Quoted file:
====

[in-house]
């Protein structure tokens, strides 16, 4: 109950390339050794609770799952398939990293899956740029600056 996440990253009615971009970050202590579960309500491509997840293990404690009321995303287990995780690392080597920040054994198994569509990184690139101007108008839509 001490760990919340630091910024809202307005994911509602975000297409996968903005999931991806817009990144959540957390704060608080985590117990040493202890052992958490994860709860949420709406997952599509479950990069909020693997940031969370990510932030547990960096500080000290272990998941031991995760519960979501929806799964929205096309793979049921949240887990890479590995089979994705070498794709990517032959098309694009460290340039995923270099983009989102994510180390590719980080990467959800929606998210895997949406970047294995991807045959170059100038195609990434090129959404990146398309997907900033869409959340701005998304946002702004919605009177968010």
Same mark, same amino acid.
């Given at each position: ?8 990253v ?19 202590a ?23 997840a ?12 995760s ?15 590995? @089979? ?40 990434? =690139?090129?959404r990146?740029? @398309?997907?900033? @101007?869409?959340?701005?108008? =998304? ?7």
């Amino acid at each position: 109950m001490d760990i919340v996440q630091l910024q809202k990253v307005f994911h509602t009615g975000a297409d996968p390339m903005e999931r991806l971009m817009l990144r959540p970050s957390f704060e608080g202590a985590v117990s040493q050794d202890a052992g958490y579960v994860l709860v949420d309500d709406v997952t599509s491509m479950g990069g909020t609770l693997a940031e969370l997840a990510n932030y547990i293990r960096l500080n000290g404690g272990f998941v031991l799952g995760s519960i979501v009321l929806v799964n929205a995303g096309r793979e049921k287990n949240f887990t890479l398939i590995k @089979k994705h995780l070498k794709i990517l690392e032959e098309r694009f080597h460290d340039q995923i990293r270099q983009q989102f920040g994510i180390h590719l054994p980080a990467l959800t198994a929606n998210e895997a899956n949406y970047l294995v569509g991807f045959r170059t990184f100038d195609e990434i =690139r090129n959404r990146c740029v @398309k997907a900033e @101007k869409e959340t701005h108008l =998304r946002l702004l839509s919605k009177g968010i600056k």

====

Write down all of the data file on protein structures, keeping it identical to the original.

[in-house]
């Protein structure tokens, strides 16, 4: 109950390339050794609770799952398939990293899956740029600056 996440990253009615971009970050202590579960309500491509997840293990404690009321995303287990995780690392080597920040054994198994569509990184690139101007108008839509 001490760990919340630091910024809202307005994911509602975000297409996968903005999931991806817009990144959540957390704060608080985590117990040493202890052992958490994860709860949420709406997952599509479950990069909020693997940031969370990510932030547990960096500080000290272990998941031991995760519960979501929806799964929205096309793979049921949240887990890479590995089979994705070498794709990517032959098309694009460290340039995923270099983009989102994510180390590719980080990467959800929606998210895997949406970047294995991807045959170059100038195609990434090129959404990146398309997907900033869409959340701005998304946002702004919605009177968010």
Same mark, same amino acid.
């Given at each position: ?8 990253v ?19 202590a ?23 997840a ?12 995760s ?15 590995? @089979? ?40 990434? =690139?090129?959404r990146?740029? @398309?997907?900033? @101007?869409?959340?701005?108008? =998304? ?7």
């Amino acid at each position: 109950m001490d760990i919340v996440q630091l910024q809202k990253v307005f994911h509602t009615g975000a297409d996968p390339m903005e999931r991806l971009m817009l990144r959540p970050s957390f704060e608080g202590a985590v117990s040493q050794d202890a052992g958490y579960v994860l709860v949420d309500d709406v997952t599509s491509m479950g990069g909020t609770l693997a940031e969370l997840a990510n932030y547990i293990r960096l500080n000290g404690g272990f998941v031991l799952g995760s519960i979501v009321l929806v799964n929205a995303g096309r793979e049921k287990n949240f887990t890479l398939i590995k @089979k994705h995780l070498k794709i990517l690392e032959e098309r694009f080597h460290d340039q995923i990293r270099q983009q989102f920040g994510i180390h590719l054994p980080a990467l959800t198994a929606n998210e895997a899956n949406y970047l294995v569509g991807f045959r170059t990184f100038d195609e990434i =690139r090129n959404r990146c740029v @398309k997907a900033e @101007k869409e959340t701005h108008l =998304r946002l702004l839509s919605k009177g968010i600056k």